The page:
When the Government of Indonesia decided to showcase their experience fostering the development of different digital economy business models, they headed to Busan, Republic of Korea, where ITU, the United Nations specialized agency for information and communications technologies (ICTs) was organizing ITU Telecom World, a global tech event held annually at different locations around the world, connecting heads of government, tech & business leaders and high-growth SMEs.
Indonesia’s ICT Minister, H.E Rudiantara, highlighted his country’s experience to this global audience, hosted a press conference to international media, and helped launch some of the country’s up and coming SMEs onto a global stage.
Participants from around the world, be they a government minister from Tuvalu, a regulator from Poland or the CEO of a small tech enterprise from Mozambique, flock to ITU Telecom World events. Here they can connect to a UN agency director from Geneva, a Boston-based AI expert or the Hungarian representative of a leading global broadband network company.
You’ll find heads of state and government, academics, media, tech experts, heads of international organizations and decision-takers in vertical sectors from finance to education and transportation gathering together. It’s a mixture of stage, melting pot and meeting room when it comes to influential figures in the tech world – the people actually deciding where money is spent and on what, experts in technology, strategy and policy, all ready to connect, share good practice and do business.
Delegates come to meet, network, conclude deals, share their own personal insights and creative ideas, as well as to learn and take in views and lessons of others, to apply back home. “We have to learn what the advanced countries do,” explained Indonesia’s Rudiantara at ITU Telecom World.
“How they develop their digital economy, how they can maximise digital technology to the economic or social benefit of the people – that is our main objective at this conference.”
“It’s an exceptional opportunity to interact with my peers, with governments and policy makers and all stakeholders in one place, and actually hear their perspectives.” said Qualcomm’s Elizabeth Migwalla about her recent event experience.
As it is organized by the UN, the ITU Telecom World event plays a unique role in connecting developing and developed markets across its exhibition, conference and networking hub. The innovation, projects, applications and products on the showfloor provide a window to the world of governments, associations and leading industry players around the world.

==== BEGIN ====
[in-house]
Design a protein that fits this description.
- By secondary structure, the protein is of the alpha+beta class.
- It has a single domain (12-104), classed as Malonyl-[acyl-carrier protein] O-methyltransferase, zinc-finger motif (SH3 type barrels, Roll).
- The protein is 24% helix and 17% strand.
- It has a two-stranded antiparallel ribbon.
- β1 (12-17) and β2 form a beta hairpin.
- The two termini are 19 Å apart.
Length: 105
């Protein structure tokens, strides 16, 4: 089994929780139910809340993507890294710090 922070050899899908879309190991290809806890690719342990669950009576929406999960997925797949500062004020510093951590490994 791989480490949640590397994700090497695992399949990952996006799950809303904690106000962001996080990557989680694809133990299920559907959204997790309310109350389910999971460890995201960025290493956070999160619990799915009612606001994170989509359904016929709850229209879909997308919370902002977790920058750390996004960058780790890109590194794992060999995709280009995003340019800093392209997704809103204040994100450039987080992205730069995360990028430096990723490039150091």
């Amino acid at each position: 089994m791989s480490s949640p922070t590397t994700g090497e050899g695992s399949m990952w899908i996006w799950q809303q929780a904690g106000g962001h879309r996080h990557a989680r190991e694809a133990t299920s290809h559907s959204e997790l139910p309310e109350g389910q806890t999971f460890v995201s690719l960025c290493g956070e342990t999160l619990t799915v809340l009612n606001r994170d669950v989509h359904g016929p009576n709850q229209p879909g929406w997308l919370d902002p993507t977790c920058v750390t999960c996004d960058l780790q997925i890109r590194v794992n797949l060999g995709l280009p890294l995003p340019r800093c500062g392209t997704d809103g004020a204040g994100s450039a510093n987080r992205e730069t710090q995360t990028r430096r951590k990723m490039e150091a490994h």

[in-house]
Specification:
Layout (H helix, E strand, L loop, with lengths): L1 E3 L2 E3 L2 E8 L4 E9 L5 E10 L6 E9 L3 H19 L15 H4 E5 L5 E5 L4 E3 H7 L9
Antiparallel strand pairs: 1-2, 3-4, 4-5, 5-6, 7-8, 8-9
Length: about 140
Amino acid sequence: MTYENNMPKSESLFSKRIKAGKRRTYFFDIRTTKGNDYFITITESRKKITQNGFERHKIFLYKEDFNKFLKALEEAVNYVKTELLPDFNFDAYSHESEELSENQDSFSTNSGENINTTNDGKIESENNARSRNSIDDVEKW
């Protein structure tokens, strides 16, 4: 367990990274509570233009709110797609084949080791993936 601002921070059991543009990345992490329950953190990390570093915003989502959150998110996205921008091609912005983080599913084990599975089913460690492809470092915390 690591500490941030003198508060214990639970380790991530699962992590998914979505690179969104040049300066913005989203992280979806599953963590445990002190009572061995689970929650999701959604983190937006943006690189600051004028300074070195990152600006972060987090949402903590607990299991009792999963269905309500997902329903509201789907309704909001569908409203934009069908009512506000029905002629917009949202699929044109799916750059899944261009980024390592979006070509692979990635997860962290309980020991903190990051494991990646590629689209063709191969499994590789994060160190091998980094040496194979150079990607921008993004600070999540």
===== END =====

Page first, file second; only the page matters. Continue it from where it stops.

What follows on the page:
Helping tech SMEs grow and scale-up
The second USP is the focus on tech SMEs – the micro, small and medium tech enterprises which are so critical in driving job creation, innovation, entrepreneurialism and socio-economic development throughout the world. The SME Programme of workshops, pitching and mentoring sessions, networking and debates at the event aims to support SME growth – and culminates in the ITU Telecom World Awards for the best innovative tech solutions for social good.
The mix of SMEs, new technologies, big industry, investors, experts and policy-makers makes for an unusual networking hub – one which has proved very successful in building contacts, partnerships, business and creativity.
Ask Sabelo Sibanda, CEO and co-founder of Tuse Applications, a South African SME using IoT, AI and predictive data analytics to bring the benefits of connectivity to agricultural and domestic settings. Tuse entered the ITU Telecom World Awards last year to launch their products, and reach new markets, funding and skilled staff.
“The experience was truly a game changer for our business,” he said. “The SME programme gave us unparalleled exposure, access to markets, finance and new opportunities. And, winning the Award gave us all of that on an exponential scale.”
The result: within weeks of winning, Tuse had increased its business to such an extent that the company had to move to bigger premises and recruit 67% more staff – an important step on the way to becoming what Sibanda calls “the most impactful African unicorn.”
Or, Hiroshi Tominaga, General Manager, Japan Battery Regeneration, and event participant: “A small company like us doesn’t usually have the opportunity to come to this event, but by participating we can meet the right people, announce and advertise our technologies, which is very helpful for the growth of our business.”
Directly following their exposure at the event, Japan Battery Regeneration went on to close a major deal with a global transportation company, significantly accelerating their progress in both domestic and international business
Next stop Budapest
This year the event is headed to Budapest, Hungary, starting on 9 September, where it will focus on international, cross-sector collaboration to harness new technologies and innovative approaches for digital inclusion and social good – all under the theme of “Innovating together: connectivity that matters.
A powerful Forum programme of debate, exhibition plus effective networking with decision-makers throughout the digital ecosystem is on offer – just where the journey will take you is up to you.